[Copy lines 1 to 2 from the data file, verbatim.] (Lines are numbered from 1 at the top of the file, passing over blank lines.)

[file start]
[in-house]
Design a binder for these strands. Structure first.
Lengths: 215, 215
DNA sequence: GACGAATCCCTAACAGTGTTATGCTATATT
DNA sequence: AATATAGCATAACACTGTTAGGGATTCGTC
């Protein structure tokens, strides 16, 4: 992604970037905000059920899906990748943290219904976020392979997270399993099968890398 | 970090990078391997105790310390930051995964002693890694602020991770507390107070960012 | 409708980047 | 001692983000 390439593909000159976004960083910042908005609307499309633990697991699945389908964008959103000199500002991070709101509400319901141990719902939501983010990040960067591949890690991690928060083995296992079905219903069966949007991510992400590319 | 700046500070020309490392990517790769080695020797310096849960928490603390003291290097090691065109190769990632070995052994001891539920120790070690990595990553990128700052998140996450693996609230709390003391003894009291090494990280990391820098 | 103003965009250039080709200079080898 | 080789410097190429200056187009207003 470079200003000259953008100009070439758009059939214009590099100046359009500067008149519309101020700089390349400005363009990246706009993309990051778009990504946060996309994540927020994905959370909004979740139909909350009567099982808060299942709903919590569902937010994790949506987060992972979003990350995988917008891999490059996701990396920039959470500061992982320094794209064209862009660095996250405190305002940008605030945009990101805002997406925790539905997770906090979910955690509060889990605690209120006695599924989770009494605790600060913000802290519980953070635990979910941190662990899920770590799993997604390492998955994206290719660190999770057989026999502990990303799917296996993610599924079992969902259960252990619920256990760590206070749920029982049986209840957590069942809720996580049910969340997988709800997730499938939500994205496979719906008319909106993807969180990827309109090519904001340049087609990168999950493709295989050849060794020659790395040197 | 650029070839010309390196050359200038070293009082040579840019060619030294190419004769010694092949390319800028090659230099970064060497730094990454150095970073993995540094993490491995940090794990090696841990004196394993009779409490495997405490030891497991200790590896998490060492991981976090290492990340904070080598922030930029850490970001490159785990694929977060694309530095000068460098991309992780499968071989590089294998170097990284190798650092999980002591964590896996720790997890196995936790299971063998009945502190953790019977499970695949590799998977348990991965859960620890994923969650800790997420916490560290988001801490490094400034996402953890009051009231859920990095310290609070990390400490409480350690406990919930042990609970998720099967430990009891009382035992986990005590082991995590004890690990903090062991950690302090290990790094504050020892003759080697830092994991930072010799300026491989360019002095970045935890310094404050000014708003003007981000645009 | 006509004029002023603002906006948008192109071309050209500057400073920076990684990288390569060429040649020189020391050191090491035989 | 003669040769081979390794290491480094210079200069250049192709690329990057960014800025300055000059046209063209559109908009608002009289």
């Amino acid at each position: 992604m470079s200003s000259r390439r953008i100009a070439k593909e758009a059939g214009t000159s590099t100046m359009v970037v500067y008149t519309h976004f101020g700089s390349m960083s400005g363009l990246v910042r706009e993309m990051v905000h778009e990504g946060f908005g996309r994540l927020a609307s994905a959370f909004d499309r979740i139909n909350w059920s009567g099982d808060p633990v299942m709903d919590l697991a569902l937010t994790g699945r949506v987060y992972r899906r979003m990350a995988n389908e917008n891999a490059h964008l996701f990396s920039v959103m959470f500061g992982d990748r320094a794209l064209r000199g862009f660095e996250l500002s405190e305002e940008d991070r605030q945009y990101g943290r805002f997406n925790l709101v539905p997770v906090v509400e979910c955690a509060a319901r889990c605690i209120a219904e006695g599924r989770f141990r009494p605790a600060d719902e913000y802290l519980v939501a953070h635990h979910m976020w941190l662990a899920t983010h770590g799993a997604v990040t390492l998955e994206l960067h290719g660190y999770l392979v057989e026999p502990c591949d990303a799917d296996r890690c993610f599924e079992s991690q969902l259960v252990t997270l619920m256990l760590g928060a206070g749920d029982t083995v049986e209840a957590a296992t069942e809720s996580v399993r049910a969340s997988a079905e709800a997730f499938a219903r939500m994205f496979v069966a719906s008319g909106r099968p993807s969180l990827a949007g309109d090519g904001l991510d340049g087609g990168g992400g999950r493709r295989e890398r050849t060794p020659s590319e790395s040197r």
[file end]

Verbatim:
[in-house]
Design a binder for these strands. Structure first.